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  1. #1
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    N4 Certificates??

    My recent job is at a local software company which has required secure everything. Well I had never been through the process, and it has went really poorly. First off full disclosure here, I have no dang clue how this all works, and if anybody has a dummies version of how to set this up that would be great. I have found several docs that have been somewhat helpful but again kind of the slow type here, so understanding this has been a challenge. So moving forward the IT guy has helped with the process, and we've got nowhere except completely locking ourselves out of the Jace. Which ended requiring me to factory reset the jace, and recommission to get back in. Really still don't know exactly what happened? This is my dummies version of the process we used. He created a knew server type cert in tridium then clicked the cert request which created the .csr file. He took that to his IT world and created a signed certificate. When he brought it back we imported the cert in the Trust store, and the key store. Then we setup the cert in the web service, fox service, and the platform TLS. Well none of that worked. So he thought maybe we need a CA type cert. He created that one signed it, and brought it back,and tried to import. This is where the problems started. It kept giving him some error when he would enter his key password, so we attempted a reboot. I was never able to connect to platform, or the station again! It would fail to start the web server and all I came up with is the server type cert that we selected was not the same as the CA type he just imported and that sent the Jace to PO mode?? Well after tech support and I tried for hours to get it back. We factory reset the thing, and all is good except I still need to figure out this cert thing. Sorry for the long winded post, and maybe I'm making this way more complex than it is?? But I just have scramble brains when it comes to the cert stuff.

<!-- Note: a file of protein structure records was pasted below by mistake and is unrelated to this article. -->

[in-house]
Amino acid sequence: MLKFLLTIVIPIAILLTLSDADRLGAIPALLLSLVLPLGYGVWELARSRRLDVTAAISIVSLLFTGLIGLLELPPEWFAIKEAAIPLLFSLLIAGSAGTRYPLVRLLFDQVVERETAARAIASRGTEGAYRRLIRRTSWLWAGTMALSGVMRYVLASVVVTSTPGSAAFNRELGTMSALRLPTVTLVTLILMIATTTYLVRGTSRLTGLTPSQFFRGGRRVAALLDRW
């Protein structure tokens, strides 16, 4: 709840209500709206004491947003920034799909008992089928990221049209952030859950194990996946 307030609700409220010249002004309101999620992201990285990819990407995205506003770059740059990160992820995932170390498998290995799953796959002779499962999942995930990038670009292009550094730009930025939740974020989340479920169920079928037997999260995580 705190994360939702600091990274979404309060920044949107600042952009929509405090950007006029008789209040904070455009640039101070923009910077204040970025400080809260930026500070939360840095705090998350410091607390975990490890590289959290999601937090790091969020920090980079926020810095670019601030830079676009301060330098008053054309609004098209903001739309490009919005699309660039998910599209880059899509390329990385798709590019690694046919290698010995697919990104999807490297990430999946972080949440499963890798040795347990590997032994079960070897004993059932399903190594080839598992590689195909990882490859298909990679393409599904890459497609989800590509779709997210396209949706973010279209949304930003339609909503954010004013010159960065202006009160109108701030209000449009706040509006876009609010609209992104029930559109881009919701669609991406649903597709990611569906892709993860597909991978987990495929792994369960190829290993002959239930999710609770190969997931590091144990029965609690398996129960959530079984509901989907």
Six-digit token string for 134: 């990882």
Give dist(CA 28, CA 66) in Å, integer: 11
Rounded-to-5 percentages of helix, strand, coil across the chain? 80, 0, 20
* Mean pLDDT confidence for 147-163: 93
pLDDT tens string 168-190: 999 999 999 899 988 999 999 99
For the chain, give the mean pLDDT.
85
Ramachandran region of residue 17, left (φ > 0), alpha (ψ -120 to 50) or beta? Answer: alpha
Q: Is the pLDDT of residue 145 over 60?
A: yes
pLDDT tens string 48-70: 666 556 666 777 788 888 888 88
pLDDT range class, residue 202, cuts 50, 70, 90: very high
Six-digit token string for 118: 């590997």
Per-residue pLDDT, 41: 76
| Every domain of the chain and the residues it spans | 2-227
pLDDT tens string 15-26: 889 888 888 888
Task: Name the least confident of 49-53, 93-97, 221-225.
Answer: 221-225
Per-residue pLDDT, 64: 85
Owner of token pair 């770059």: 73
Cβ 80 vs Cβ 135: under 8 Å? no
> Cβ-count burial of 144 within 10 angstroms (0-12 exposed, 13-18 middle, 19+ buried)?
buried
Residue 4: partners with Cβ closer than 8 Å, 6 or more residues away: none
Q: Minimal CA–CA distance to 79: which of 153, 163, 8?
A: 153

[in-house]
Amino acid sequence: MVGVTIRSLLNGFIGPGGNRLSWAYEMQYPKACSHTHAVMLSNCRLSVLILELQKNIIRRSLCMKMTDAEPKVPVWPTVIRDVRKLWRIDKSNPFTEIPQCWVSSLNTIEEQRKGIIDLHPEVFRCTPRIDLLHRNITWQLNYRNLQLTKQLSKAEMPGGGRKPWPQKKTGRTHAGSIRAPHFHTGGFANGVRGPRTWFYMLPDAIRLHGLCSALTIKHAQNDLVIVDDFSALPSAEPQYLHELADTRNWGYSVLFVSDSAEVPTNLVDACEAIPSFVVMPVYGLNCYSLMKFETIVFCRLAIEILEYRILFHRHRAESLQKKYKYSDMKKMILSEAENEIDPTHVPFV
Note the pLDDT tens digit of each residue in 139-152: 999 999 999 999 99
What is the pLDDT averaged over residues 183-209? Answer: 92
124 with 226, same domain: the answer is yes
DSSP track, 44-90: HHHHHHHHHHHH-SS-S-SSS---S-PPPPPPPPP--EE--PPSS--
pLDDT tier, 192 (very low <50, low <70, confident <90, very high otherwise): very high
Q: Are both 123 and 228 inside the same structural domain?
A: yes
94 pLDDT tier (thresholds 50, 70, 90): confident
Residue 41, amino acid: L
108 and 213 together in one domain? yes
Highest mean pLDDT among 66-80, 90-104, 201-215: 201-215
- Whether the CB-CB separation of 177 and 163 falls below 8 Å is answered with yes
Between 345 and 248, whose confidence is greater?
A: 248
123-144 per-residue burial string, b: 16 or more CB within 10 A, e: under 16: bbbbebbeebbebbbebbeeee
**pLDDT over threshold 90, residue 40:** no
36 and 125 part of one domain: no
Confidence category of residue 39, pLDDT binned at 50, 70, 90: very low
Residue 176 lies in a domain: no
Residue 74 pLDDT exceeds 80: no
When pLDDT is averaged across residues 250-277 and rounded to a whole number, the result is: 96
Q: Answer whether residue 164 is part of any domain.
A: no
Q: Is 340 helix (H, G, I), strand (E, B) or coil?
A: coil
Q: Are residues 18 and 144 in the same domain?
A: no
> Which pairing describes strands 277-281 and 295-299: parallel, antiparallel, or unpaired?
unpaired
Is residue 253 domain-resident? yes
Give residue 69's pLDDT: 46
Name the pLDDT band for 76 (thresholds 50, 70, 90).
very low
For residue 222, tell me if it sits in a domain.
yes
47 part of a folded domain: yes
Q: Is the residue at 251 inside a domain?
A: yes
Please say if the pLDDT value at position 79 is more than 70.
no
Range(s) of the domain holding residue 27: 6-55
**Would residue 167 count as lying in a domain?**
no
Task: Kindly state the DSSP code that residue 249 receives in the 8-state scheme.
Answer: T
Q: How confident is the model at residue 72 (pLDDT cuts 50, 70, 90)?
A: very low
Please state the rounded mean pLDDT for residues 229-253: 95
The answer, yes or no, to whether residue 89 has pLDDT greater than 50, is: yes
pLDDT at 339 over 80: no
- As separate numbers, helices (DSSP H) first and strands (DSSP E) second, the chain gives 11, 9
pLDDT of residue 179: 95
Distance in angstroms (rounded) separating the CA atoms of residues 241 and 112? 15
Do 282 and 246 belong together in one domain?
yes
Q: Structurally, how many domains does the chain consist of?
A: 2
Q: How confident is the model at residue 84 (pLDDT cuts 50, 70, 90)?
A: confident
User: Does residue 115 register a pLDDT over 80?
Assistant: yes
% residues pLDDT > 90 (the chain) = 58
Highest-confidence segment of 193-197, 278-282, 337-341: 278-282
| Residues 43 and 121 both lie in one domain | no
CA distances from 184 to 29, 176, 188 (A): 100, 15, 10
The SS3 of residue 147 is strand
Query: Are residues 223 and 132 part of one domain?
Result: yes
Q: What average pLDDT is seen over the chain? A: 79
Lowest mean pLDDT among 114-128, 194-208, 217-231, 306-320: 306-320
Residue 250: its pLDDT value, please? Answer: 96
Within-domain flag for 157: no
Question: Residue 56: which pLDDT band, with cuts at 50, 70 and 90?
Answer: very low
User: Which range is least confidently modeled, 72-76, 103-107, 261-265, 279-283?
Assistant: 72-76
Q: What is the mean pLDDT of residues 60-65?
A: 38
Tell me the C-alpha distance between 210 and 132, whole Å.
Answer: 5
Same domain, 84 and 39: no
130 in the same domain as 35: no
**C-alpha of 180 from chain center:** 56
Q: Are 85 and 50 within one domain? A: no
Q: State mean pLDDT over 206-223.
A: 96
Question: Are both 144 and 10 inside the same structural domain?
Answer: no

2. #2
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    Been working with Tridium on getting a 3rd party signed wild card certificate to work in Tridium. Going on 2 months now. I feel your pain.

    Last statement from Tridium:
    "I think that I have a potential workaround and am waiting on the steps to be outlined by one of the developers. Although it should work it may be overly complicated and if we can figure out a way for them to generate a certificate that works in the first place it will be simpler."

    Well duh! Just tell me what works from a 3rd party. Self signed works great and there is a lot of documentation. 3rd party support is a joke. Tridium only supports one file format and it has to be an certain order.

    Like you, I very inexperienced with SSL. I'm a controls guy. Would love to just have our client's IT company talk to someone at Tridium and figure it out. But NO......we need to go through 50 emails and 5 parties...with no conclusion.

  3. #3